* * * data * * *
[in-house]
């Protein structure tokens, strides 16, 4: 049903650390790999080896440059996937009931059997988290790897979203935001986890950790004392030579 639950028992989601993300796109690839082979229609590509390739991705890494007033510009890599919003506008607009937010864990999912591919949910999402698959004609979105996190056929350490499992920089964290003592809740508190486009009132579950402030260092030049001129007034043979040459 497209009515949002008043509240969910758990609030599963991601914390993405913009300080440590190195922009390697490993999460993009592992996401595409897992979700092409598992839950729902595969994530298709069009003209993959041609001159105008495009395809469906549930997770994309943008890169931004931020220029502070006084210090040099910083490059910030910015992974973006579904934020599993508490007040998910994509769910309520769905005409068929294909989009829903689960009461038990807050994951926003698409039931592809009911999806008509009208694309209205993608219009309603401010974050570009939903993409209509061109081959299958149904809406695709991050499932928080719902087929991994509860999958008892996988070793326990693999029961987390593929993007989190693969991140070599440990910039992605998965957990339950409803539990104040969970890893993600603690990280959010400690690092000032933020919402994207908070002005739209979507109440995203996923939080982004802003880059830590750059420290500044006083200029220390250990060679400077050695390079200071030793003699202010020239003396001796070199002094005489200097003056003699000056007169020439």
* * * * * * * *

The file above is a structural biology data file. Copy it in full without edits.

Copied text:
[in-house]
């Protein structure tokens, strides 16, 4: 049903650390790999080896440059996937009931059997988290790897979203935001986890950790004392030579 639950028992989601993300796109690839082979229609590509390739991705890494007033510009890599919003506008607009937010864990999912591919949910999402698959004609979105996190056929350490499992920089964290003592809740508190486009009132579950402030260092030049001129007034043979040459 497209009515949002008043509240969910758990609030599963991601914390993405913009300080440590190195922009390697490993999460993009592992996401595409897992979700092409598992839950729902595969994530298709069009003209993959041609001159105008495009395809469906549930997770994309943008890169931004931020220029502070006084210090040099910083490059910030910015992974973006579904934020599993508490007040998910994509769910309520769905005409068929294909989009829903689960009461038990807050994951926003698409039931592809009911999806008509009208694309209205993608219009309603401010974050570009939903993409209509061109081959299958149904809406695709991050499932928080719902087929991994509860999958008892996988070793326990693999029961987390593929993007989190693969991140070599440990910039992605998965957990339950409803539990104040969970890893993600603690990280959010400690690092000032933020919402994207908070002005739209979507109440995203996923939080982004802003880059830590750059420290500044006083200029220390250990060679400077050695390079200071030793003699202010020239003396001796070199002094005489200097003056003699000056007169020439």